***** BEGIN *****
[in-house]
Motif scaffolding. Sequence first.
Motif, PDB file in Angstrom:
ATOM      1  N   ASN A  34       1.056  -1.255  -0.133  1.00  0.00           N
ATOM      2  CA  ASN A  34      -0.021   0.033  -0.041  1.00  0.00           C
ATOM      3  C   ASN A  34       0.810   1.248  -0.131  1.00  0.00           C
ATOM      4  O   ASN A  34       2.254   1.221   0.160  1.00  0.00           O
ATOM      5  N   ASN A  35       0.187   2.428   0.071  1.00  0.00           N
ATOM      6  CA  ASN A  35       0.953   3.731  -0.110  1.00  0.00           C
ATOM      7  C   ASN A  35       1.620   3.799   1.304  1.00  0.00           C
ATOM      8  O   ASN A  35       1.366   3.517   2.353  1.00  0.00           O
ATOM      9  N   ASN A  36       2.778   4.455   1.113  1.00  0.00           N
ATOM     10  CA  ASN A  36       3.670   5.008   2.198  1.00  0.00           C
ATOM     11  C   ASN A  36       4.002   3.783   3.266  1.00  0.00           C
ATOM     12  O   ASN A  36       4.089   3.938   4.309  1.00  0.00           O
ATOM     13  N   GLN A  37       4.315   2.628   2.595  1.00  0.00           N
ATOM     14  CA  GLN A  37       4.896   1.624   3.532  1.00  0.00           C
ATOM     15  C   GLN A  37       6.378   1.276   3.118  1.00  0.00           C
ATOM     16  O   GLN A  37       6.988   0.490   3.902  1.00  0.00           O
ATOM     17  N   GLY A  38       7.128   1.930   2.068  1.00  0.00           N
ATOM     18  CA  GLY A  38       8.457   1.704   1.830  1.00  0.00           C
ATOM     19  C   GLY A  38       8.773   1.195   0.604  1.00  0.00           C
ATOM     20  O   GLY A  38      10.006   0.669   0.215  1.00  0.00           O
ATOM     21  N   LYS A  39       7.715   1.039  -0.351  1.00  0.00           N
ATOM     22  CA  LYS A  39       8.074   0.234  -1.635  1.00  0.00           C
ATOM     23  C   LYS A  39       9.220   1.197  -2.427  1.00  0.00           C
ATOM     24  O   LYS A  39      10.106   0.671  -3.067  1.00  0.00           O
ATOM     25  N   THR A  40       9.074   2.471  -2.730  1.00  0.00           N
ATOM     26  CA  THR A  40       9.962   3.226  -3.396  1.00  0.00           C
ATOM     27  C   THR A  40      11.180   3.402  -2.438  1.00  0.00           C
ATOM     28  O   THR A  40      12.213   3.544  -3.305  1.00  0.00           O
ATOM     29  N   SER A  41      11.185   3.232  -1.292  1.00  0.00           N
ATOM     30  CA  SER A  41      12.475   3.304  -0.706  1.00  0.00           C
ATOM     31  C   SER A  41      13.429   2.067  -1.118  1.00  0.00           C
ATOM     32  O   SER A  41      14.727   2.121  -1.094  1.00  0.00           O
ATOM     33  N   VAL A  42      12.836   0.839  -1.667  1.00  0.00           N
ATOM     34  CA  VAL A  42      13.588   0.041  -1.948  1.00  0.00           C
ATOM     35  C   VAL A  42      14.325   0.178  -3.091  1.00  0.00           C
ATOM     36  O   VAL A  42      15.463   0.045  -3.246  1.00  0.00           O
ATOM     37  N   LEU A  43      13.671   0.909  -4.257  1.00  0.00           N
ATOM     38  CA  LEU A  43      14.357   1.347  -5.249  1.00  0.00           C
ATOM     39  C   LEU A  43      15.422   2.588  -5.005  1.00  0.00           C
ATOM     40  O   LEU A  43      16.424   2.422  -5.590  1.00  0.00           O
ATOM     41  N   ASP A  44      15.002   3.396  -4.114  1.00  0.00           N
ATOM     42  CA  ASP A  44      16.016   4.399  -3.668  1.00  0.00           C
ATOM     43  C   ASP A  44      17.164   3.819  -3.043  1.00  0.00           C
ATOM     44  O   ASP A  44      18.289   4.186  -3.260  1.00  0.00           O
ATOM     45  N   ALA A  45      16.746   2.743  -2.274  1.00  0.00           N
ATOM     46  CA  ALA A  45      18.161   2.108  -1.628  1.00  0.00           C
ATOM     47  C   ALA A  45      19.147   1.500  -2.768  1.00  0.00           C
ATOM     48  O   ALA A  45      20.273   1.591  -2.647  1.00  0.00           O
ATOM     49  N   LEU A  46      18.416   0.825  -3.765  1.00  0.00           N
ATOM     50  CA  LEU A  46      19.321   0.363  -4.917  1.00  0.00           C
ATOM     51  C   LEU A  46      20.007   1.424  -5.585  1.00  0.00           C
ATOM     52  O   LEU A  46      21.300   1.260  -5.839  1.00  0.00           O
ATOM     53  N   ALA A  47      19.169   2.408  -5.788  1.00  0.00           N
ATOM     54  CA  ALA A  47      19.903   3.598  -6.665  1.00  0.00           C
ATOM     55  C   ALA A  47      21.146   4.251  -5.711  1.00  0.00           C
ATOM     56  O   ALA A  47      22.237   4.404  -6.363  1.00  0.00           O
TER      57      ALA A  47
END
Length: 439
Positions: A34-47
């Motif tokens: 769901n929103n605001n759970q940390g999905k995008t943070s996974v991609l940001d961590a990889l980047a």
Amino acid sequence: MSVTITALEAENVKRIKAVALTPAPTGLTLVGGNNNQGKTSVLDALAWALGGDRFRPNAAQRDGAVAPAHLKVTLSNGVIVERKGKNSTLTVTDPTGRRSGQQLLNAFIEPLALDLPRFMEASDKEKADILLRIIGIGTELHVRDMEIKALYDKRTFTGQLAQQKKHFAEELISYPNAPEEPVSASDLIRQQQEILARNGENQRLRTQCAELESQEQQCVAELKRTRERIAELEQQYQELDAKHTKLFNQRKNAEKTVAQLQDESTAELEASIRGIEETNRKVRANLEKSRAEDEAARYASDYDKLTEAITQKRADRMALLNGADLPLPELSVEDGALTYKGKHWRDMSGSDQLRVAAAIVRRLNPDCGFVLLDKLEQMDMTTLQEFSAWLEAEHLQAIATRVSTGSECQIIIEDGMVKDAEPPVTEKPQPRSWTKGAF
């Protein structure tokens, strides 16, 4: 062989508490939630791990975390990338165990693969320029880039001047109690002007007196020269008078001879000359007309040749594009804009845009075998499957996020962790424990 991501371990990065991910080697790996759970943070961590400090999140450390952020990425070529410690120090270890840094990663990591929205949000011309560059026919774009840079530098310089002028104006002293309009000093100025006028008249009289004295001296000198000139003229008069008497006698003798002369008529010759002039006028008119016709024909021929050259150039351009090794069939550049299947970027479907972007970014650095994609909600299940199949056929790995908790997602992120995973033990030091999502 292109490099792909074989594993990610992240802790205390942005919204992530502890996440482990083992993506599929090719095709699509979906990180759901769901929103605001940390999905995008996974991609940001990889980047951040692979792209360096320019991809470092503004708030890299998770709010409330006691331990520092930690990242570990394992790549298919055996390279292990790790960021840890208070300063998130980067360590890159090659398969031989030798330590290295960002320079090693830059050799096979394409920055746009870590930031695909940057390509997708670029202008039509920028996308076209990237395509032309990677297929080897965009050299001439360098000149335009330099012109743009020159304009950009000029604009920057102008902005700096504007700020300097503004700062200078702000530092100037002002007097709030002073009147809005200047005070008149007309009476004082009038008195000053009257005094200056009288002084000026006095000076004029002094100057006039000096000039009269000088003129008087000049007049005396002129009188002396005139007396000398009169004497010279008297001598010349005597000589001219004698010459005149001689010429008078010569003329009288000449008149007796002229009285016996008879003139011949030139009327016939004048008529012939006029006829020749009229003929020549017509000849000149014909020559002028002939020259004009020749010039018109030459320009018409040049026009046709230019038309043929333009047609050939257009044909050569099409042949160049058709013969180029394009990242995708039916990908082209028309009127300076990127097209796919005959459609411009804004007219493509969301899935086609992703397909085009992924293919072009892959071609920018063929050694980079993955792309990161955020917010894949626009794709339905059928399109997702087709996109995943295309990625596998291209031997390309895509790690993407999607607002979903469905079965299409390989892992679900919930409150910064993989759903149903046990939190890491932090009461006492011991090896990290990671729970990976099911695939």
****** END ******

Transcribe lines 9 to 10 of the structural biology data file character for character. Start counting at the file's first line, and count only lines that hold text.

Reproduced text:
ATOM      6  CA  ASN A  35       0.953   3.731  -0.110  1.00  0.00           C
ATOM      7  C   ASN A  35       1.620   3.799   1.304  1.00  0.00           C